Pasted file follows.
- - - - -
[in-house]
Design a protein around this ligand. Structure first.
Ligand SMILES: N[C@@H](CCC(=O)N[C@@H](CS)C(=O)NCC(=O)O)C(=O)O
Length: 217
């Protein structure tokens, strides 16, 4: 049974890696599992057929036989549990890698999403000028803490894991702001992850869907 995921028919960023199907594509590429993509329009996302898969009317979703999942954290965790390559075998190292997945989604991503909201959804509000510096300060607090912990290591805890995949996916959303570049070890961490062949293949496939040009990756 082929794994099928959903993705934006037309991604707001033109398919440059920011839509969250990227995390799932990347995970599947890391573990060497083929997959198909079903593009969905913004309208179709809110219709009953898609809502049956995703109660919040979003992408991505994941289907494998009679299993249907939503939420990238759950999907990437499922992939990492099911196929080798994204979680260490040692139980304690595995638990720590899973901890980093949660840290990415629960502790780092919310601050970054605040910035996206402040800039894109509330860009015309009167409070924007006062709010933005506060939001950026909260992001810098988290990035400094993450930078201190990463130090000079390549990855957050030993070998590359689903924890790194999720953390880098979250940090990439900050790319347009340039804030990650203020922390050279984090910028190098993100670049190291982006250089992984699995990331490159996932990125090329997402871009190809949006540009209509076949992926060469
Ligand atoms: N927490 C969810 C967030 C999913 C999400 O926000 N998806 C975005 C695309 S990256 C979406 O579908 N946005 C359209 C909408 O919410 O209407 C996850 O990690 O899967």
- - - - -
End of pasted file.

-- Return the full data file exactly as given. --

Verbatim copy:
[in-house]
Design a protein around this ligand. Structure first.
Ligand SMILES: N[C@@H](CCC(=O)N[C@@H](CS)C(=O)NCC(=O)O)C(=O)O
Length: 217
């Protein structure tokens, strides 16, 4: 049974890696599992057929036989549990890698999403000028803490894991702001992850869907 995921028919960023199907594509590429993509329009996302898969009317979703999942954290965790390559075998190292997945989604991503909201959804509000510096300060607090912990290591805890995949996916959303570049070890961490062949293949496939040009990756 082929794994099928959903993705934006037309991604707001033109398919440059920011839509969250990227995390799932990347995970599947890391573990060497083929997959198909079903593009969905913004309208179709809110219709009953898609809502049956995703109660919040979003992408991505994941289907494998009679299993249907939503939420990238759950999907990437499922992939990492099911196929080798994204979680260490040692139980304690595995638990720590899973901890980093949660840290990415629960502790780092919310601050970054605040910035996206402040800039894109509330860009015309009167409070924007006062709010933005506060939001950026909260992001810098988290990035400094993450930078201190990463130090000079390549990855957050030993070998590359689903924890790194999720953390880098979250940090990439900050790319347009340039804030990650203020922390050279984090910028190098993100670049190291982006250089992984699995990331490159996932990125090329997402871009190809949006540009209509076949992926060469
Ligand atoms: N927490 C969810 C967030 C999913 C999400 O926000 N998806 C975005 C695309 S990256 C979406 O579908 N946005 C359209 C909408 O919410 O209407 C996850 O990690 O899967």